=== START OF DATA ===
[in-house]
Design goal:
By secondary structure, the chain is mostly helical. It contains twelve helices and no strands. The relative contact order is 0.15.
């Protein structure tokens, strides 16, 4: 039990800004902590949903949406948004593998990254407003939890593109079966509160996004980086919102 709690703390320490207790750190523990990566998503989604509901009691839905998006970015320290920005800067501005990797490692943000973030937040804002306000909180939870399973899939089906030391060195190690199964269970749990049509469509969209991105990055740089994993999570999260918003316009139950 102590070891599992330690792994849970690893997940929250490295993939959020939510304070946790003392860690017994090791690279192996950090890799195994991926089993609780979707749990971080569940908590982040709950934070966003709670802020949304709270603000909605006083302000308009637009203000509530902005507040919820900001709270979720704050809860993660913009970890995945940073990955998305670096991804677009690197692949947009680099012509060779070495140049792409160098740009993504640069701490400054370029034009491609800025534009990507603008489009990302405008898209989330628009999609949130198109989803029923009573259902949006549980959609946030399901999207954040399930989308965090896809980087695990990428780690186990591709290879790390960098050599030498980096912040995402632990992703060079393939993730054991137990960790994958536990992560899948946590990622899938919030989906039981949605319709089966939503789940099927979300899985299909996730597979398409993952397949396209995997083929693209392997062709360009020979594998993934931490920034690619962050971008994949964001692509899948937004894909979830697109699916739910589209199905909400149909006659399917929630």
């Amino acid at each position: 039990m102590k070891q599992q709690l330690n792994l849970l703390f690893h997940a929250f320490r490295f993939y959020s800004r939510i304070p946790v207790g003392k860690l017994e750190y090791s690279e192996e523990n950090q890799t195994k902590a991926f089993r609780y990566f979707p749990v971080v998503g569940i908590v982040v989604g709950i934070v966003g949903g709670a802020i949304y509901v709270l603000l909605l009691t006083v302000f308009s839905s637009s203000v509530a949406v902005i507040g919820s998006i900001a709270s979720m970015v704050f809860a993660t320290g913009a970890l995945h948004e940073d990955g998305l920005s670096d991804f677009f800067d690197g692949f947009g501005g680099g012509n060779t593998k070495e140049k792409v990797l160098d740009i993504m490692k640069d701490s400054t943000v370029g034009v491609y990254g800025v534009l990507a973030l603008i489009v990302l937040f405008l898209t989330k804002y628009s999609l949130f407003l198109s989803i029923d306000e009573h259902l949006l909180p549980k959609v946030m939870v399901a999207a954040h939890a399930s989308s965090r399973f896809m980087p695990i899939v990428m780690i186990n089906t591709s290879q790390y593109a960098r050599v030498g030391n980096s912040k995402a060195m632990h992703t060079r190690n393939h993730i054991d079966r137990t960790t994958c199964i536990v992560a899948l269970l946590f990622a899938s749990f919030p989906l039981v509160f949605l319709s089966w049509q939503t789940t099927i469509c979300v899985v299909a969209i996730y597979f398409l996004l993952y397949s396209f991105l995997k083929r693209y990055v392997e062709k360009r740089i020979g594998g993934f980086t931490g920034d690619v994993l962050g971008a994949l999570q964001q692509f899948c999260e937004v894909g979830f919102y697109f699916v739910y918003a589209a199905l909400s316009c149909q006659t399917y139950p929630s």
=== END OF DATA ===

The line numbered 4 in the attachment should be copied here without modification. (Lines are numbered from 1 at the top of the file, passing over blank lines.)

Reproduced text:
């Protein structure tokens, strides 16, 4: 039990800004902590949903949406948004593998990254407003939890593109079966509160996004980086919102 709690703390320490207790750190523990990566998503989604509901009691839905998006970015320290920005800067501005990797490692943000973030937040804002306000909180939870399973899939089906030391060195190690199964269970749990049509469509969209991105990055740089994993999570999260918003316009139950 102590070891599992330690792994849970690893997940929250490295993939959020939510304070946790003392860690017994090791690279192996950090890799195994991926089993609780979707749990971080569940908590982040709950934070966003709670802020949304709270603000909605006083302000308009637009203000509530902005507040919820900001709270979720704050809860993660913009970890995945940073990955998305670096991804677009690197692949947009680099012509060779070495140049792409160098740009993504640069701490400054370029034009491609800025534009990507603008489009990302405008898209989330628009999609949130198109989803029923009573259902949006549980959609946030399901999207954040399930989308965090896809980087695990990428780690186990591709290879790390960098050599030498980096912040995402632990992703060079393939993730054991137990960790994958536990992560899948946590990622899938919030989906039981949605319709089966939503789940099927979300899985299909996730597979398409993952397949396209995997083929693209392997062709360009020979594998993934931490920034690619962050971008994949964001692509899948937004894909979830697109699916739910589209199905909400149909006659399917929630």